I used roving, rather than yarn, but I love how they came out. My swap partner said they cut her drying time by 20 minutes.... now I need to make some for me!
And my favorite, funnest project...felted soaps. I love how they came out, it was a super fun craft and I made bunches. I think I'll make them for Christmas presents this year.
I used a bunch of pages for inspiration, but here's a link to one I like: Felted Soap
That's it for now. Whew!! Finally got a post up!!! Look for my Independence Days post tomorrow.
Friday, February 19, 2010
These are the challenges each week:
1. Plant something. Obviously, those of us who live in the Northern Hemisphere and having spring are doing this anyway. But the idea that you should plant all week and all year is a good reminder to those of us who sometimes don’t get our fall gardens or our succession plantings done regularly. Remember, that beet you harvested left a space – maybe for the next one to get bigger, but maybe for a bit of arugula or a fall crop of peas, or a cover crop to enrich the soil. Independence is the bounty of a single seed that creates an abundance of zucchini, and enough seeds to plant your own garden and your neighbor’s.
2. Harvest something. From the very first nettles and dandelions to the last leeks and parsnips I drag out of the frozen ground, harvest something from the garden or the wild every day you can. I can’t think of a better way to be aware of the bounty around you to realize that there’s something – even if it is dandelions for tea or wild garlic for a salad – to be had every single day. Independence is really appreciating and using the bounty that we have.
3. Preserve something. Sometimes this will be a big project, but it doesn’t have to be. It doesn’t take long to slice a couple of tomatoes and set them on a screen in the sun, or to hang up a bunch of sage for winter. And it adds up fast. The time you spend now is time you don’t have to spend hauling to the store and cooking later. Independence is eating our own, and cutting the ties we have to agribusiness.
4. Prep something. Hit a yard sale and pick up an extra blanket. Purchase some extra legumes and oatmeal. Sort out and inventory your pantry. Make a list of tools you need. Find a way to give what you don’t need to someone who does. Fix your bike. Fill that old soda bottle with water with a couple of drops of bleach in it. Plan for next year’s edible landscaping. Make back-road directions to your place and send it to family in case they ever need to come to you – or make ‘em for yourself for where you might have to go. Clean, mend, declutter, learn a new skill. Independence is being ready for whatever comes.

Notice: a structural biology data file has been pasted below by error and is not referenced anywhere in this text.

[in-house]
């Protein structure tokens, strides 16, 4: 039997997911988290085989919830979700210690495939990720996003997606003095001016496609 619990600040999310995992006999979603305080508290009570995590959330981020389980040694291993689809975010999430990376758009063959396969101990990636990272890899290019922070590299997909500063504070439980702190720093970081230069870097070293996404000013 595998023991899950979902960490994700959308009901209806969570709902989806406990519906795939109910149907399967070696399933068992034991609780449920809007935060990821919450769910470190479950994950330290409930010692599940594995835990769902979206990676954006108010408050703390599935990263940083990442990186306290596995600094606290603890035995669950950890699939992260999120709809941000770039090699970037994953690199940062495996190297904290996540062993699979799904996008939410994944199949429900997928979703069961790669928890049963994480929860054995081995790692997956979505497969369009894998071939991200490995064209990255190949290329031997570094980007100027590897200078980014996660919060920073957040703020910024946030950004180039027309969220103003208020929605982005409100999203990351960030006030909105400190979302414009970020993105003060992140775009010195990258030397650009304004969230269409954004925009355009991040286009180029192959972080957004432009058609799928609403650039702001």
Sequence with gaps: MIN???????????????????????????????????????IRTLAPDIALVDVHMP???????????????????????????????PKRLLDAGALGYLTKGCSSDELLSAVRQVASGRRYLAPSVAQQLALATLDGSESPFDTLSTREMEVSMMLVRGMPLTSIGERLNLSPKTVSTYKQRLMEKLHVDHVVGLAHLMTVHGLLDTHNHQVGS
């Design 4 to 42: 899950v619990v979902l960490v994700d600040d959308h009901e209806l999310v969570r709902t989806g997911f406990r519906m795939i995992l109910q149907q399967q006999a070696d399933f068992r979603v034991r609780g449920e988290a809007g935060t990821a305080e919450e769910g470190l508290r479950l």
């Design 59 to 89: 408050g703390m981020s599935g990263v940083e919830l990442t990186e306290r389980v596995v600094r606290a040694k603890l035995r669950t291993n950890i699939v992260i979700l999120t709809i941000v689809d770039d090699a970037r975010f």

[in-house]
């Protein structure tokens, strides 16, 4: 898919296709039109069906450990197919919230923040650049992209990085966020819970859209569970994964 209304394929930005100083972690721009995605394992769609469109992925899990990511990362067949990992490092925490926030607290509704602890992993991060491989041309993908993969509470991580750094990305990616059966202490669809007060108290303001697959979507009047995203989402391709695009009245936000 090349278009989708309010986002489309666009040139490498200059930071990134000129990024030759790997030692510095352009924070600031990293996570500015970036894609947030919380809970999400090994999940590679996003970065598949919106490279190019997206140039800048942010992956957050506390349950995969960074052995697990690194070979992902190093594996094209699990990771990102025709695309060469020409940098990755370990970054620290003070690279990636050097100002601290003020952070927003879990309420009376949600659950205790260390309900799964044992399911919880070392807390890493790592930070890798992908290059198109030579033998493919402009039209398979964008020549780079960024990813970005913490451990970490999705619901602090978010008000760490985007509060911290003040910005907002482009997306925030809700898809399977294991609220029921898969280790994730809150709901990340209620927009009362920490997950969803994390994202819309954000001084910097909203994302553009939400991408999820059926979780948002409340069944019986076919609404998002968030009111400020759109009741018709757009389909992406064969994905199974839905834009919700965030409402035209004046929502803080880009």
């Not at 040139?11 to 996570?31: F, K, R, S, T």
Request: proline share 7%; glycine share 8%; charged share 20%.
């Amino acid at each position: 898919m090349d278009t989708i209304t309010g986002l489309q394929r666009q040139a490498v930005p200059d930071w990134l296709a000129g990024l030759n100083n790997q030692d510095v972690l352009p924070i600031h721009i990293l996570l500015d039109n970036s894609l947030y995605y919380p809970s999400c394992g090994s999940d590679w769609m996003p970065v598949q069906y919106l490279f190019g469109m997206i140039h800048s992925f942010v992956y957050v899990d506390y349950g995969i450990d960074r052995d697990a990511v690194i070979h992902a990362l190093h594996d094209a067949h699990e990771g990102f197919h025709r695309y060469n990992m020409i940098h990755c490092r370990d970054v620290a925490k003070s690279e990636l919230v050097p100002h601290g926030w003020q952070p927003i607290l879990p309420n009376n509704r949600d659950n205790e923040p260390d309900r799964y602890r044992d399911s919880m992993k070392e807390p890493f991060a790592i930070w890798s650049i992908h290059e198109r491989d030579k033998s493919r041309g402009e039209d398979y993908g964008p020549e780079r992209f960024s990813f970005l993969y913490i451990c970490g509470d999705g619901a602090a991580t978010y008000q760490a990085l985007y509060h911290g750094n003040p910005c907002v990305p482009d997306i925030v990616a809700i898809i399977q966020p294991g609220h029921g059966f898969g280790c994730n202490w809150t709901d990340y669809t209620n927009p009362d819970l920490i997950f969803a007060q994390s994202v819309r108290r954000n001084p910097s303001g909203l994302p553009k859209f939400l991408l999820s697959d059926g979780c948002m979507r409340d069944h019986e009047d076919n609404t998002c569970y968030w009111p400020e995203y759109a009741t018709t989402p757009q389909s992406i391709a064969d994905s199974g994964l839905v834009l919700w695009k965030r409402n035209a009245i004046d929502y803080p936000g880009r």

5. Cook something. Try and new recipe, or an old one with a new ingredient. Sometimes it is hard to know what to do with all that stuff you are growing or making. So experiment now. Can you make a whole meal in your solar oven? How are stir-fried pea shoots? Stuffed squash blossoms? Wild morels in pasta? Independence is being able to eat and enjoy what is given to us.
6. Manage your reserves. Check those apples and take out the ones starting to go bad and make sauce with it. Label those cans. Clean out the freezer. Ration the pickles, so you’ll have enough to last to next season. Use up those lentils before you take the next ones out of the bag. Find some use for that can of whatever it is that’s been in the pantry forever. Sort out what you can donate, and give it to the food pantry. Make sure the squash are holding out. Independence means not wasting the bounty we have.
7. Work on local food systems. This could be as simple as buying something you don’t grow or make from a local grower, or finding a new local source. It could be as complex as starting a coop or a farmer’s market, creating a CSA or a bulk store. You might give seeds or plants or divisions to a neighbor, or solicit donations for your food pantry. Maybe you’ll start a guerrilla garden or help a homeschool coop incubate some chicks. Maybe you’ll invite people over to your garden, or your neighbors in for a homegrown meal, or sing the praises of your local CSA. Maybe you can get your town to plant fruit or nut producing street trees or get a manual water pump or a garden put in at your local school. Whatever it is, our Independence days come when our neighbors and the people we love are food secure too.